To celebrate our 20th we asked our founder Gary to venture down memory lane, reflecting on the past 20 years and what it takes to make it in craft beer.
What is the biggest lesson you’ve learned after 20 years in the craft industry?
Don’t put all your eggs in one basket, but if you do, you better fight
hard to protect them!
What do you wish you knew 20 years ago when you were starting Muskoka Brewery?
I wish I knew just how expensive it is to set a brewery up for success!
Do you think it’s easier to start a craft brewery today than it was 20 years ago?
The barriers to entry are lower and consumer awareness and acceptance is much higher. So yes!
How has the craft beer industry changed over the last 20 years?
The spirit of cooperation is alive and well in the craft beer industry. We all need to make sure we don’t take that for granted and ensure it stays intact.
At the end of the day craft beer has most of the chatter, but we are still only a tiny share of the total beer volume sold in Canada. There are still plenty of people to introduce to craft beer and to teach about Canada’s rich brewing history! Craft brewers will do that best together!
How have consumers’ tastes changed?
Consumers are much more experimental and demanding now. Both are good. Muskoka and other breweries like us have worked hard for years to educate beer lovers about the diversity and flexibility of beer. We are moving to a much higher level of sophistication and appreciation of beer and this is a good thing.
How has Muskoka Brewery helped paved the way?
I think many of the older breweries like Muskoka did a lot of work educating people and waking people up about what had happened to a once great beer industry. By the 1970’s there were just a handful of breweries and beer had become a 5 per cent alcohol, yellow, fizzy beverage.
Canada has a rich brewing history. We have played a role in bringing that back to life for beer lovers in Canada by educating people who want to listen and sticking to our guns on how we want to make our beers.
Muskoka Brewery was part of a second wave of craft brewers that opened up in the 1990’s here in Ontario. The first wave was good folks like Creemore, Brick, Upper Canada, and Wellington who got their start in the 1980’s!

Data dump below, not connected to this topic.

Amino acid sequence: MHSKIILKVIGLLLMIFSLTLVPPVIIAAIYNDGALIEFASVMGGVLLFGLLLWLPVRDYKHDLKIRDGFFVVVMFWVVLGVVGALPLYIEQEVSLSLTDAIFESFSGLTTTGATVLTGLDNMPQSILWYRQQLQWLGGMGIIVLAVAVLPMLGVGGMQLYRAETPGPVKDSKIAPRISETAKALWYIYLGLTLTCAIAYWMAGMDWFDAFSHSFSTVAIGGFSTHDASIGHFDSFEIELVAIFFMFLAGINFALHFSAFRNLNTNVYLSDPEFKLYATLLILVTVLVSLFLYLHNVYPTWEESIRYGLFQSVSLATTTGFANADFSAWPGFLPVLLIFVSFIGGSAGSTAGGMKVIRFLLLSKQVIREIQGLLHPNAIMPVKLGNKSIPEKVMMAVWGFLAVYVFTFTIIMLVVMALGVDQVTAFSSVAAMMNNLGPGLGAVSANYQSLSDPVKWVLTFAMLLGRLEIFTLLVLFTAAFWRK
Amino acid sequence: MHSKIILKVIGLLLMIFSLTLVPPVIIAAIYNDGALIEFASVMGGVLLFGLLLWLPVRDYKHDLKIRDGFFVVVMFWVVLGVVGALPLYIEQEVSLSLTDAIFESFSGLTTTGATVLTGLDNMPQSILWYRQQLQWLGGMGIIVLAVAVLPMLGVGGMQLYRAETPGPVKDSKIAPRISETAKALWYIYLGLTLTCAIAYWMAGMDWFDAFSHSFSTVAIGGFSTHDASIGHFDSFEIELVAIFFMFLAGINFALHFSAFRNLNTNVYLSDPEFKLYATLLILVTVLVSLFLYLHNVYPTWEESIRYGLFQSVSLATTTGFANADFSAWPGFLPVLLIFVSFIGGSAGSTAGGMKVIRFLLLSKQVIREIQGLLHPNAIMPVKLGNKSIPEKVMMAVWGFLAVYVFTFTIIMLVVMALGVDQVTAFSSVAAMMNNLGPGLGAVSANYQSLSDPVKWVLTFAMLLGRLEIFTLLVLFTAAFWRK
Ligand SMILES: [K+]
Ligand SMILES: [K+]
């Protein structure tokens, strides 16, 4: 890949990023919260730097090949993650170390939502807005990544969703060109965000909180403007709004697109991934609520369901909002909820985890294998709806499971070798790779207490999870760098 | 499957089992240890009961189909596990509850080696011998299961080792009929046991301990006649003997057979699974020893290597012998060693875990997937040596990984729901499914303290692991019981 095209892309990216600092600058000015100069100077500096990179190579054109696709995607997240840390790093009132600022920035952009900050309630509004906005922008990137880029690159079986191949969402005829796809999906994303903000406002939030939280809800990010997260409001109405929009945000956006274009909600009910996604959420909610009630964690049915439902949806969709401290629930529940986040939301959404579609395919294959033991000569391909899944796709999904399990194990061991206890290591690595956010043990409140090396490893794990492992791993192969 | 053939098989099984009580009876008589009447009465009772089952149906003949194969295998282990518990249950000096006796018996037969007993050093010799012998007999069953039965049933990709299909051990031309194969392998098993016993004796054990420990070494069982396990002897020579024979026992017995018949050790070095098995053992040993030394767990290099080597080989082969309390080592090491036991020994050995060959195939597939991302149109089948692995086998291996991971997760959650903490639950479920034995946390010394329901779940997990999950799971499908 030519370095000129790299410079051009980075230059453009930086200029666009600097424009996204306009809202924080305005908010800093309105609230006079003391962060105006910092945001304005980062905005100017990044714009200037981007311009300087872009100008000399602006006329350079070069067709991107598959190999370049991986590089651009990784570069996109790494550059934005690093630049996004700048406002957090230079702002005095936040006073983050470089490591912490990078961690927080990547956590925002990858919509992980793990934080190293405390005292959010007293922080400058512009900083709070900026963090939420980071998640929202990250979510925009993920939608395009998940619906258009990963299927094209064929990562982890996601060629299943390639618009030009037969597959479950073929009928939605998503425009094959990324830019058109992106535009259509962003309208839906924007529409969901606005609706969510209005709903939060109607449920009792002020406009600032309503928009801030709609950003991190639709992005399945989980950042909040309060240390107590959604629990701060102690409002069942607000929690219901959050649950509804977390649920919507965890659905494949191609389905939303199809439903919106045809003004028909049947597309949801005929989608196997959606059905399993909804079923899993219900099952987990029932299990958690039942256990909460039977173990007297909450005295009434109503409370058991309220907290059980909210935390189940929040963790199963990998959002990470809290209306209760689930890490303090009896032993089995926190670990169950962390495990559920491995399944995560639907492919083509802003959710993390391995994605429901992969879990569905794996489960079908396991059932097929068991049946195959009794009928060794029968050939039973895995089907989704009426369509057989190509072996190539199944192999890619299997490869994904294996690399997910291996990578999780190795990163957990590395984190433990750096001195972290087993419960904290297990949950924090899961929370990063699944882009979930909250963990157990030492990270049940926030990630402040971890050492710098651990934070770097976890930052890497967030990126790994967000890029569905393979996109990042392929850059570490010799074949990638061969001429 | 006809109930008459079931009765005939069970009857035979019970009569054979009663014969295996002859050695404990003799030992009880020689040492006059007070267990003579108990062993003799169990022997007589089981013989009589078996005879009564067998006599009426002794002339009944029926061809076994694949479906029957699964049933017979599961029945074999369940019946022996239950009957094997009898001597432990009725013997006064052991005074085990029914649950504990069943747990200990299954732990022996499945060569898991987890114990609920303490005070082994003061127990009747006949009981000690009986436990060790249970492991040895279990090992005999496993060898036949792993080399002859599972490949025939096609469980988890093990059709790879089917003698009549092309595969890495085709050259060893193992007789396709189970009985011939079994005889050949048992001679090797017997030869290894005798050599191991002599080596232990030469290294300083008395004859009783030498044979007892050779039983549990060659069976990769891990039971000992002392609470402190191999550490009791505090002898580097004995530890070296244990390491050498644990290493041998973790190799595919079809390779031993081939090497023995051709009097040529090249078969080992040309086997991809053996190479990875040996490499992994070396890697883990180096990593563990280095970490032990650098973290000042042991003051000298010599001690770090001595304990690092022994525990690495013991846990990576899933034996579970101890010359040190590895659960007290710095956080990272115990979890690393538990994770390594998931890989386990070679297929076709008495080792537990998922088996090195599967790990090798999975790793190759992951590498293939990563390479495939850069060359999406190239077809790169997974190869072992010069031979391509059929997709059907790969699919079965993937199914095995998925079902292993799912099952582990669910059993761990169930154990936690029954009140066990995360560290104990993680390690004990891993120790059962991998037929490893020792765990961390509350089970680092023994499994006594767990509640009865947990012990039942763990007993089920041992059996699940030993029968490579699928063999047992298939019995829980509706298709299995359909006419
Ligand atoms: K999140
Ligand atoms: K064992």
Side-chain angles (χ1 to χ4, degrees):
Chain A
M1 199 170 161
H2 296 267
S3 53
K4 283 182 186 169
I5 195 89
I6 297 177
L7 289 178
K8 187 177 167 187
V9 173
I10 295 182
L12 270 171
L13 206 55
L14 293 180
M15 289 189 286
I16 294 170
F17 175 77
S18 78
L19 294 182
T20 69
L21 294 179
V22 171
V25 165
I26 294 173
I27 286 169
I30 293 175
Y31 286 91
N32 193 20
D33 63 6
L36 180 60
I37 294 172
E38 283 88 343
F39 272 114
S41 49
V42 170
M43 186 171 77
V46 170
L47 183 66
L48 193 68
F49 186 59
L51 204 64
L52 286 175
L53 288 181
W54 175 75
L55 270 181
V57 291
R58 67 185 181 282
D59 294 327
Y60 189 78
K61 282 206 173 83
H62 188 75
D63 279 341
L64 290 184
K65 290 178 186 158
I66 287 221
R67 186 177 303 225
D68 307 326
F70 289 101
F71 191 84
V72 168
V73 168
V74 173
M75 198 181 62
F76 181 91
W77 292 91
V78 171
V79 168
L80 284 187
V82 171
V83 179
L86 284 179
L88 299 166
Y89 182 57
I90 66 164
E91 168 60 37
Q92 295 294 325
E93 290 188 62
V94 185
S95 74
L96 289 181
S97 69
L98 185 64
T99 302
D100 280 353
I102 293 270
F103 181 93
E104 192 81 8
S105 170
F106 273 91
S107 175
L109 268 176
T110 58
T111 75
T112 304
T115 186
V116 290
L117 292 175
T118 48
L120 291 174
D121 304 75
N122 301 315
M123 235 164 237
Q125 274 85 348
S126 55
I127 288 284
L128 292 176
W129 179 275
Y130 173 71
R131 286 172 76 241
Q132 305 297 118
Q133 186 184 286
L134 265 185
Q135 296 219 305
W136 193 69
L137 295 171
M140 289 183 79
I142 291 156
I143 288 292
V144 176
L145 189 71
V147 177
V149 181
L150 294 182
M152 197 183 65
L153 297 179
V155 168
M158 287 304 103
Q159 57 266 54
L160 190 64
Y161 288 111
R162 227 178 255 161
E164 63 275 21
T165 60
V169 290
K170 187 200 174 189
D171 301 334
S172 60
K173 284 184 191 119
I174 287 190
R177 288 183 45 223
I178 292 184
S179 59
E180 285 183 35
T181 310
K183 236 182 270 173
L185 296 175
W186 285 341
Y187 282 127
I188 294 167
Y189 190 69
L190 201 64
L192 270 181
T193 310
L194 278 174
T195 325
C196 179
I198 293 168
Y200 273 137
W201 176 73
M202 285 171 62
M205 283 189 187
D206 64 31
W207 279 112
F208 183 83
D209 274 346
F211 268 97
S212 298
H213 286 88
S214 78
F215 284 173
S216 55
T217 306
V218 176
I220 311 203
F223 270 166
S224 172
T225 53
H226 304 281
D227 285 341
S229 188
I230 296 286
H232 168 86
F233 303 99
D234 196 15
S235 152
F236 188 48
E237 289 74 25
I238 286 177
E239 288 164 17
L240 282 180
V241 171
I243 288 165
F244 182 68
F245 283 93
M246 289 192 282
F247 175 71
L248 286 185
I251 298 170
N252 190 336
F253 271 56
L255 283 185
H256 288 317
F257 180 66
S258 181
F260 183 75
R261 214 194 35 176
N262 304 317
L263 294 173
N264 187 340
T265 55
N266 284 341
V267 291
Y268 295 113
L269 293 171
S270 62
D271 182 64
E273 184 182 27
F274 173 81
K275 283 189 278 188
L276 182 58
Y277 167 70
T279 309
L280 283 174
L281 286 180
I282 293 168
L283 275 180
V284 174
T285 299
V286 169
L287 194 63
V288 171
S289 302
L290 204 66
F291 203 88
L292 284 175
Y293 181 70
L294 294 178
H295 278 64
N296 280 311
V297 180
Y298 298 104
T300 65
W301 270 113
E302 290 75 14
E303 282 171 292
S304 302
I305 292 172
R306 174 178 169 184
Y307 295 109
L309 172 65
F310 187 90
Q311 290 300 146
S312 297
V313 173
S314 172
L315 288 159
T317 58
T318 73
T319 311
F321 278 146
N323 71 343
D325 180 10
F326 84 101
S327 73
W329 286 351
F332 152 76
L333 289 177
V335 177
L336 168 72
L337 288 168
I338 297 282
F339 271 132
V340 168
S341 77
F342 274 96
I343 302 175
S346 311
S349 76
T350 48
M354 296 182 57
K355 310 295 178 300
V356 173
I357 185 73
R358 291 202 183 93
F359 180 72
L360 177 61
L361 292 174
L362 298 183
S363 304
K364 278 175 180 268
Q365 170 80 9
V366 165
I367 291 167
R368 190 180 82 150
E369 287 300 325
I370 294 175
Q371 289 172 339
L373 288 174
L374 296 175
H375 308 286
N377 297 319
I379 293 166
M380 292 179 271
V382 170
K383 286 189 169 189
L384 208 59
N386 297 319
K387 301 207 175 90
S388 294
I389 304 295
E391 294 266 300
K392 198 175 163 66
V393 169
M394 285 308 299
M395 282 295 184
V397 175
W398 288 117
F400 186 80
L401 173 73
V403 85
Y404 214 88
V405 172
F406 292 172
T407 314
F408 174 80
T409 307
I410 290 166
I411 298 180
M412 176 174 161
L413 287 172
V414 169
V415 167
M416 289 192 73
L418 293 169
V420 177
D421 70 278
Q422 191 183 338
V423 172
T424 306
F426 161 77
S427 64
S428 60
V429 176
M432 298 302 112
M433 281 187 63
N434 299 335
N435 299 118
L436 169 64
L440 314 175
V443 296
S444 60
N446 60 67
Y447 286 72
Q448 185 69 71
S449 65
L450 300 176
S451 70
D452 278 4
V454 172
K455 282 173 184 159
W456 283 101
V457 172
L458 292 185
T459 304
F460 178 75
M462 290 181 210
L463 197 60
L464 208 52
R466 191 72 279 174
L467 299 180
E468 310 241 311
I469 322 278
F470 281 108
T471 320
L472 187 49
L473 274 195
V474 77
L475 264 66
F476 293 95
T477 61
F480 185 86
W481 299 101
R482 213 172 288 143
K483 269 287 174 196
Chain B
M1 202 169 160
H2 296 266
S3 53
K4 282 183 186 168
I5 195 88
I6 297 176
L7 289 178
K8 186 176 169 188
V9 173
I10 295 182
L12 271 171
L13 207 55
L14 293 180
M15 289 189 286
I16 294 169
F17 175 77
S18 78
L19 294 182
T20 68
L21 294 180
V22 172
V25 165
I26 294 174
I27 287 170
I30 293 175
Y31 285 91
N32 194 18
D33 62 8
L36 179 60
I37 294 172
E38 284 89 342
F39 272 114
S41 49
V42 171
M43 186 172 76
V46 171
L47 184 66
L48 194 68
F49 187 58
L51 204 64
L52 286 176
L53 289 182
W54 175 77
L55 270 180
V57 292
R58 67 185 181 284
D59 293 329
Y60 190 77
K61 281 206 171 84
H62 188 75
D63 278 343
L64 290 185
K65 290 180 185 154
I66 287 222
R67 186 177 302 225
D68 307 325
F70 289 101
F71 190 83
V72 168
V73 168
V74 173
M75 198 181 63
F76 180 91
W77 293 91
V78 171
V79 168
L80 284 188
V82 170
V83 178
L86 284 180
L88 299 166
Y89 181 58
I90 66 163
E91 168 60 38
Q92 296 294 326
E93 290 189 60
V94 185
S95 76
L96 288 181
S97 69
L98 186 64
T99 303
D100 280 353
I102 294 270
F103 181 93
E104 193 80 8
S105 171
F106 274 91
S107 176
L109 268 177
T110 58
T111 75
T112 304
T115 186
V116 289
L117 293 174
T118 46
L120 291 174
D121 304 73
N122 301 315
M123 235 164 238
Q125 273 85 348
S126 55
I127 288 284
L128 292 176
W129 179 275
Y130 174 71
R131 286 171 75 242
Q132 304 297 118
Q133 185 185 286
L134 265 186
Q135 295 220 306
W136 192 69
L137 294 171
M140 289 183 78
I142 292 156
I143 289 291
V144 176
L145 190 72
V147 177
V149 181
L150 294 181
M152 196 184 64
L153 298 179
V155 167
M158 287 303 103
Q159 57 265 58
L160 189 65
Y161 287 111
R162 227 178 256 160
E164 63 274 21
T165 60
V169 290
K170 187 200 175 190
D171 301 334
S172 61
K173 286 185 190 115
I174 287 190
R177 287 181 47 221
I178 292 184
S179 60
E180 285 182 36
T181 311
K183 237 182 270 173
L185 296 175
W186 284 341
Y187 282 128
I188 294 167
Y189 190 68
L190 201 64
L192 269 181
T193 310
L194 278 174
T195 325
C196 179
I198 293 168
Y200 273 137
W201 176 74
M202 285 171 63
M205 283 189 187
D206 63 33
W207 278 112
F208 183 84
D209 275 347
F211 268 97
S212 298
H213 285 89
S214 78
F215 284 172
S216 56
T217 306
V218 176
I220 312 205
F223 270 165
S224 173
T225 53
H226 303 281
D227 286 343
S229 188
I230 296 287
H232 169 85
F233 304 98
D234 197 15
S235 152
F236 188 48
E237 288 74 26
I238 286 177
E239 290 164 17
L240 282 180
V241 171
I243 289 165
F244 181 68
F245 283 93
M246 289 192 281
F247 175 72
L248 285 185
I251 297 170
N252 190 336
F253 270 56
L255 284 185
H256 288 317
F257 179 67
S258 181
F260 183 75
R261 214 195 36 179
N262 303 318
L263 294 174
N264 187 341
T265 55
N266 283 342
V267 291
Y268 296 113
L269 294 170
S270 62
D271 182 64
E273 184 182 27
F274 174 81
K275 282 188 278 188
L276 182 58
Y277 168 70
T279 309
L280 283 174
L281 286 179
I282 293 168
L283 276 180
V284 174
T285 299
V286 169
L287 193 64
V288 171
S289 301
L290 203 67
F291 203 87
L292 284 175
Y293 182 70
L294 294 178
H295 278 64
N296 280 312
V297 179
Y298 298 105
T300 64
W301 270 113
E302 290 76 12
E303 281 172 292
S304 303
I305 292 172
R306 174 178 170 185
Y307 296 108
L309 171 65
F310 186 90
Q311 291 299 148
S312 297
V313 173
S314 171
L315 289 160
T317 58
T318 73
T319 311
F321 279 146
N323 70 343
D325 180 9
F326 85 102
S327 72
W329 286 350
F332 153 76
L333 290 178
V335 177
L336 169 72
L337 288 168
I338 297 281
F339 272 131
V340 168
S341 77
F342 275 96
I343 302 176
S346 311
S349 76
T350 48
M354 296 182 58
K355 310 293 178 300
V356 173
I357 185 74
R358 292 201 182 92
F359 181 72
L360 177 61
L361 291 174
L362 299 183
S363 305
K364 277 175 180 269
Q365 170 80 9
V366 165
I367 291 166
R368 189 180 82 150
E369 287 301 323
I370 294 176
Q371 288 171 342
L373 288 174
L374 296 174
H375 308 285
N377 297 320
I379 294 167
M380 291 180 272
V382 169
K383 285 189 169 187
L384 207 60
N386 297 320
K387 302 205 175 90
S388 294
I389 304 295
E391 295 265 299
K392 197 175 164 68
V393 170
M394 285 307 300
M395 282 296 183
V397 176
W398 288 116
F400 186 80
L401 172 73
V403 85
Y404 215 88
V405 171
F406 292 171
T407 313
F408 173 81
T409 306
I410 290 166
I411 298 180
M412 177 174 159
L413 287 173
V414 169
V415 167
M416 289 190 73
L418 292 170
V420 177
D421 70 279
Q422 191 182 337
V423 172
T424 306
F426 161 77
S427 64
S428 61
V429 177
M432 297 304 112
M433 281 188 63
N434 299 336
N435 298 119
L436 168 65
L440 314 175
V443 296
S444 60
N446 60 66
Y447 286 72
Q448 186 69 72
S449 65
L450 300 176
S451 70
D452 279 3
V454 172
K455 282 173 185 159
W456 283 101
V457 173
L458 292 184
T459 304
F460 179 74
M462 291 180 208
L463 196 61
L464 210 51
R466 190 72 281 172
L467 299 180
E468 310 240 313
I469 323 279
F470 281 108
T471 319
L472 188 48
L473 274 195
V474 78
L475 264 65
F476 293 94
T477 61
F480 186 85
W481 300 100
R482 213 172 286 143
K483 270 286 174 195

What gains still need to be made in the industry?
While progress has been made with beer moving into grocery stores, multinational brewers still control most of the supply chain and at the end of the day they still own retail stores. The ownership opportunity granted to small brewers this past year is quite simply a joke. All of the control continues to rest with the three foreign owned brewers. That is not great for Ontarians and also creates inequitable barriers to entry for craft brewers.
What has made Muskoka successful?
Living the phrase ‘find a way’ – an unwavering commitment to achieving our goals. A willingness to make the correct decision for the long term in spite of near term costs. Staying ahead of the curve on what is happening with all things beer. Treating people the way they want to be treated. Being genuine and honest. Being at the right place at the right time!
How do you stand out in a crowded craft beer market?
As a team we are continually looking out over the horizon, looking at new trends and sometimes even creating them here in Canada. We also foster an environment of innovation and entrepreneurship at Muskoka. Our Moonlight Kettle program is a great example of this.
What’s the most exciting thing happening in the craft brewing industry
The level of consumer acceptance of craft beer and the excitement around learning about the dizzying array of beer styles is really exciting. There are a lot of new brewers coming to the fore. Competition is good. We love it.
Beer in grocery stores is a big change for Ontario. We still have a long way to go to recover from our prohibition days, but we are making progress!